Digitizing Cast Parts with Laser Scanners

To dampen dangerous vibrations in ship engines, elastic couplings must be precisely tailored to the needs o  each individual ship and its engine. Therefore, the models and varieties of couplings from the manufacturer VULKAN, which produces couplings and gear systems, are appropriately diverse. To exactly analyze this great diversity of couplings, the company looked for a fast and accurate solution to digitize them – and opted for a T-SCAN CS laser scanner from ZEISS.

VULKAN measures coupling components optically

Andreas Ladwig, Junior Lean Production Officer, and Ralf Redecker, a colleague from the Vulcanization department, examining a coupling segment.

Andreas Ladwig, Junior Lean Production Officer, and Ralf Redecker, a colleague from the Vulcanization department, examining a coupling segment.

Challenge: Measure a large variety of couplings

The couplings in the RATO S product line from VULKAN consist of several cast parts. To achieve the required elasticity, two of these castings are joined in a technique known as vulcanization. The problem: technical drawings and actual cast parts did not
always correspond 100%. This meant that the employees needed additional time to rework them. To improve the production process, the first thing that was needed was an exact analysis of the cast parts. "We have over 40 versions and sizes in this product line," says Andreas Ladwig, Junior Lean Production Officer. "We would have needed years to capture their geometry using slide gages." A faster and more exact approach was required.

The optical distance display makes scanning easier.

The optical distance display makes scanning easier.

Solution: ZEISS T-SCAN CS manual laser scanner

VULKAN introduced a T-SCAN CS laser scanner from ZEISS. This digitizes the topography of the workpiece with 210,000 single points a second. The data capture software from ZEISS generates a 3D model of the workpiece from these point clouds. The operator first mounts the cast parts on a vise in the production area. During the scanning process a ZEISS T-TRACK CS+ tracking camera mounted on a stand nearby records  the points captured by the laser scanner in a virtually clamped coordinate system.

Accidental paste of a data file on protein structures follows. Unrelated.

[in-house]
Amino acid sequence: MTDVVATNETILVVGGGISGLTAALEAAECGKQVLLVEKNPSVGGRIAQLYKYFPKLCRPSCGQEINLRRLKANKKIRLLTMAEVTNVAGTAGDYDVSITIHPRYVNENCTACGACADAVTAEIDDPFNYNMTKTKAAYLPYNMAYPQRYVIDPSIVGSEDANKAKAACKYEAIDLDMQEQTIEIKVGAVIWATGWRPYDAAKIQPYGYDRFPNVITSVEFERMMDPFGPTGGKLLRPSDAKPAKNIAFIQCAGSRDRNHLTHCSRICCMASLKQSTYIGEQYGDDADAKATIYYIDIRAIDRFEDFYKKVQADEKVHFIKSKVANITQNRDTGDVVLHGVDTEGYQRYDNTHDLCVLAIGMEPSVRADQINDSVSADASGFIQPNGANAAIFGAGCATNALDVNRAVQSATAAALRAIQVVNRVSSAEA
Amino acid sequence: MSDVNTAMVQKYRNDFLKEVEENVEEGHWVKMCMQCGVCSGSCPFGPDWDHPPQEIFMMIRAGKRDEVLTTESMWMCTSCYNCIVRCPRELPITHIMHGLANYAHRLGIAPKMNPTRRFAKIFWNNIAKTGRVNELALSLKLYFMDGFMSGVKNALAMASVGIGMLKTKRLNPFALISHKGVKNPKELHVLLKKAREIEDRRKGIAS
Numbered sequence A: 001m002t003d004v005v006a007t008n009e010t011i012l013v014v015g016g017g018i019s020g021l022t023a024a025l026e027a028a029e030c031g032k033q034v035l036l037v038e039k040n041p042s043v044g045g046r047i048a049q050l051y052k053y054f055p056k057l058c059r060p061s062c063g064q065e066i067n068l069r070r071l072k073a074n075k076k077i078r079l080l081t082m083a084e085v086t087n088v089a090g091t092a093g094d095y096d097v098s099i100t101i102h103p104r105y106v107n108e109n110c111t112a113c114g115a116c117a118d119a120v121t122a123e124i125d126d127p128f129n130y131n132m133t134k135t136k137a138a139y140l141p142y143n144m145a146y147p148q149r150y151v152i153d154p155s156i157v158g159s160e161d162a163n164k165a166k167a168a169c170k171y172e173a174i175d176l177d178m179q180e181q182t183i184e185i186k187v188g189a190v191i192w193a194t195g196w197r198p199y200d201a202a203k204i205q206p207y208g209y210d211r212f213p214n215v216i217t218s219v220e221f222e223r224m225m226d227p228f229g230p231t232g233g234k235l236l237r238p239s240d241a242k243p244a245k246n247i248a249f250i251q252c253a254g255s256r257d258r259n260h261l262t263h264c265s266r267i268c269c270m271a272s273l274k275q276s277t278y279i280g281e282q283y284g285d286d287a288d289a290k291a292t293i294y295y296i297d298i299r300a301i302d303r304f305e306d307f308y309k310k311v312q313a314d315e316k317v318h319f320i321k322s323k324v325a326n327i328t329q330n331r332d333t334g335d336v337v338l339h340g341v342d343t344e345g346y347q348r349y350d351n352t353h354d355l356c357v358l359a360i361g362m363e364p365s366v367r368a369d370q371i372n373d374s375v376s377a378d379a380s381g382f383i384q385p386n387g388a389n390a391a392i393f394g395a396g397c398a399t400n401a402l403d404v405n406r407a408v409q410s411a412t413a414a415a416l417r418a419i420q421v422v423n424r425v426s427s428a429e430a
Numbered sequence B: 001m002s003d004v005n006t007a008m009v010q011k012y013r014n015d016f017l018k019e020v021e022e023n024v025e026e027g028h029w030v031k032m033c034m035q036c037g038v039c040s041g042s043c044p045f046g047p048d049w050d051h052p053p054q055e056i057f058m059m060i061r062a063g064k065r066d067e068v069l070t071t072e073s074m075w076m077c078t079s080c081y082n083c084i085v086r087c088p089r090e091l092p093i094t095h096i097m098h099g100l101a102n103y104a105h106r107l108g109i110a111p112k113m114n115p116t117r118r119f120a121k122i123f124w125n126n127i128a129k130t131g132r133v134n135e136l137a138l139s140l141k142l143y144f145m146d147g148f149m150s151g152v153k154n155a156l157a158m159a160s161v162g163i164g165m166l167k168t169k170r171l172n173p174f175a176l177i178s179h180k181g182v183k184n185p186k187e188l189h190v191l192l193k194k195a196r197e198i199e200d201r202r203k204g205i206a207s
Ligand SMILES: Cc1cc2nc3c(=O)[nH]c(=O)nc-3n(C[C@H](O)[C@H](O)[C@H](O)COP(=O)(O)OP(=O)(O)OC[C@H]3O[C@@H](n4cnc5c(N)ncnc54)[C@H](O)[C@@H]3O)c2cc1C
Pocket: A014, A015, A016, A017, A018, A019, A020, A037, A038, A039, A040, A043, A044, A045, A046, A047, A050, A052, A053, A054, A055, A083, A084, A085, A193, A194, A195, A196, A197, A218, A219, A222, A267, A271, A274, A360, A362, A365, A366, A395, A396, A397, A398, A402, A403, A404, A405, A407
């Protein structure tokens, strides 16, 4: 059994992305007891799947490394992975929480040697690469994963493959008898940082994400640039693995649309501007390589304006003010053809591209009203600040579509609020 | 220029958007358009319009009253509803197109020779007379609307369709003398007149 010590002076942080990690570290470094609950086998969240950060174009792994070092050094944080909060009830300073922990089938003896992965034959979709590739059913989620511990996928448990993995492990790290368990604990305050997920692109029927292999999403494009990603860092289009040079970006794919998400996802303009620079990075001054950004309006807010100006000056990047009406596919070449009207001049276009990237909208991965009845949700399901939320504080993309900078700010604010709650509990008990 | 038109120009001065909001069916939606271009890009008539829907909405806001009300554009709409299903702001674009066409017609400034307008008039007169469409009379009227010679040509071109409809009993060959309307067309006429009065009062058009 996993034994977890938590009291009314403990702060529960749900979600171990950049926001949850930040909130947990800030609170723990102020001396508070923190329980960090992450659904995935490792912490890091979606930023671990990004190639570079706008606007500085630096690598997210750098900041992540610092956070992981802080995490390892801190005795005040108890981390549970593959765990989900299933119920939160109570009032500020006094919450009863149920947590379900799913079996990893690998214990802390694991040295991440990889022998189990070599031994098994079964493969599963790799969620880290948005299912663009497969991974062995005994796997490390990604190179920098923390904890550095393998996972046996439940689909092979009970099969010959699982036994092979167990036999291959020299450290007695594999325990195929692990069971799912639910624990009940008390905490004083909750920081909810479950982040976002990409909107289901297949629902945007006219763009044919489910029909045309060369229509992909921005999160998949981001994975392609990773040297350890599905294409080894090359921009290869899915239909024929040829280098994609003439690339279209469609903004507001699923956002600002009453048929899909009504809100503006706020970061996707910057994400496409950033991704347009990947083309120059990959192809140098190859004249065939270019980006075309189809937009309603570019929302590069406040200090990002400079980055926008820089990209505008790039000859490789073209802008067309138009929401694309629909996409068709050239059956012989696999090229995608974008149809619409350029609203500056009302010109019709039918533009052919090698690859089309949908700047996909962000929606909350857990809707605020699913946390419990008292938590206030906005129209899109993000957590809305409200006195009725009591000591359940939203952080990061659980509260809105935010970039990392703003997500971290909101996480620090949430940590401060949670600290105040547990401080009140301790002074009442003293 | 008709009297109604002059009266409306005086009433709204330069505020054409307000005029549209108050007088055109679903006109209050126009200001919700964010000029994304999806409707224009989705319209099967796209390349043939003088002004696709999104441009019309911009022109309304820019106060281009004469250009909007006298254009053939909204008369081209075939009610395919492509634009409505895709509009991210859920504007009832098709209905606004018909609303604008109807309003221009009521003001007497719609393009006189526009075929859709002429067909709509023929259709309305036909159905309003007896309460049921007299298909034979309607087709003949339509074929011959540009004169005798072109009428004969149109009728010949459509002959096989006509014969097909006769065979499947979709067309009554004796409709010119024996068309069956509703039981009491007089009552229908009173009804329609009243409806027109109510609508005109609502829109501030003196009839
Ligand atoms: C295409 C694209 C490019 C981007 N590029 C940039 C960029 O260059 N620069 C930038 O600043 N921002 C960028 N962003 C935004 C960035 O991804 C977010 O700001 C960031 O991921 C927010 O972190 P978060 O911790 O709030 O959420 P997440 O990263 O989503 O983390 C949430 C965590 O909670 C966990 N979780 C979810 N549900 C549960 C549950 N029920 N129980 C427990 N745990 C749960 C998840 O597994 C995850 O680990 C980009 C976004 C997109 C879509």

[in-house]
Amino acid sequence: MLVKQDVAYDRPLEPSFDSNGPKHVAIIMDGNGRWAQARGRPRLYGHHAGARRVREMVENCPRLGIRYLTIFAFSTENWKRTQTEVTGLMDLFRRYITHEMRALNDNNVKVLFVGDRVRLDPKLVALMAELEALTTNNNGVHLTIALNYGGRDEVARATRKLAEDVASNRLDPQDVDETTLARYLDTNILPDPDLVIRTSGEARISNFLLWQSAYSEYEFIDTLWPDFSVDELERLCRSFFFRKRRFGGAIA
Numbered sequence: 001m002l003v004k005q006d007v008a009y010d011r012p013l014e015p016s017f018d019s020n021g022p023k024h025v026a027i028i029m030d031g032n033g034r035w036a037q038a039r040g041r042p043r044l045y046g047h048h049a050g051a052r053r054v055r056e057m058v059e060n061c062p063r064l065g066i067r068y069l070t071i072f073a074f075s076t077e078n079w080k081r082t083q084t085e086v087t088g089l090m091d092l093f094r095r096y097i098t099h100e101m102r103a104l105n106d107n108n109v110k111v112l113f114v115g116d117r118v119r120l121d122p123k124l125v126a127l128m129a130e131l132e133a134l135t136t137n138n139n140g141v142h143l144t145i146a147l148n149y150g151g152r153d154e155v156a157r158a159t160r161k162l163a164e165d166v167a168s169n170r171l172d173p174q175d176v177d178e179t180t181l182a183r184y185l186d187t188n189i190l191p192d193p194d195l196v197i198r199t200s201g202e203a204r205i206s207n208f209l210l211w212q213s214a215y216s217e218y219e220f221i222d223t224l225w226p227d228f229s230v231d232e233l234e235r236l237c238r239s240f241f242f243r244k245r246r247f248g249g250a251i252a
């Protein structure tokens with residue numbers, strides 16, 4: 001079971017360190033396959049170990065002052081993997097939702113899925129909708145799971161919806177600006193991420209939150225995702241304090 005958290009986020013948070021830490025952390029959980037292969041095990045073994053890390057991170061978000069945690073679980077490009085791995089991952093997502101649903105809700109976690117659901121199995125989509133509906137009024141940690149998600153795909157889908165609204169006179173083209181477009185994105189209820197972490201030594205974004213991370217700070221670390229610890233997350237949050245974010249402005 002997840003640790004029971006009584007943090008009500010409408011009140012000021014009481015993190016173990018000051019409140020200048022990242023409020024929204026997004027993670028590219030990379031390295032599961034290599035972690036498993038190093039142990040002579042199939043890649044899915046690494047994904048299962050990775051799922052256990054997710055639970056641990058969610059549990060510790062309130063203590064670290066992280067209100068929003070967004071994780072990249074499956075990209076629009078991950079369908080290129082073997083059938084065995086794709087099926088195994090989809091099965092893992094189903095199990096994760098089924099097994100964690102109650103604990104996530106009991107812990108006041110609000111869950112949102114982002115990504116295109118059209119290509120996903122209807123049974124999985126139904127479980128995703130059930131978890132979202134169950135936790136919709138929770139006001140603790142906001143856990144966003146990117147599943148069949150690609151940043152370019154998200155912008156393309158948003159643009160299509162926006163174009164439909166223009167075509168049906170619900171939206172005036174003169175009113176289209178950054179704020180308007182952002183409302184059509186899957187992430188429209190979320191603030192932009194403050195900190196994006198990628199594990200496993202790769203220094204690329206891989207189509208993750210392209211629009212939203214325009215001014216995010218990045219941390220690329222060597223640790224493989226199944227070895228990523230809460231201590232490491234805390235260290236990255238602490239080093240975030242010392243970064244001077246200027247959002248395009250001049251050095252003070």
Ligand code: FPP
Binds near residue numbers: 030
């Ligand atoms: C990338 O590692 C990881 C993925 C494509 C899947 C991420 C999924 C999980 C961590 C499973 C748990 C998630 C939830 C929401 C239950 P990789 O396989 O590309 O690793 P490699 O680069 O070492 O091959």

High measuring speed thanks to the manual laser scanner from ZEISS

Ralf Redecker, an employee in the Vulcanization department, digitizes a coupling segment using the T-Scan. There are already initial signs of successful process optimization.

Ralf Redecker, an employee in the Vulcanization department, digitizes a coupling segment using the T-Scan. There are already initial signs of successful process optimization.

Benefit: Fast digitization, fewer rejects

Ladwig and his colleagues compared the CAD models with the scans using the INSPECTplus software from ZEISS. They
then updated the 'old' CAD models and sent them to the cast parts supplier. They subjected the 'new' cast parts to initial sample testing via a laser scan. "It's all incredibly fast," says Ladwig. "If my colleague scans in the morning and I have time for the analysis in the afternoon, then we can complete the initial sample testing for the component in a single workday. We used to need weeks to do this." The optimization process has led to a major reduction in both the reject rate and in the time and effort required for reworking.

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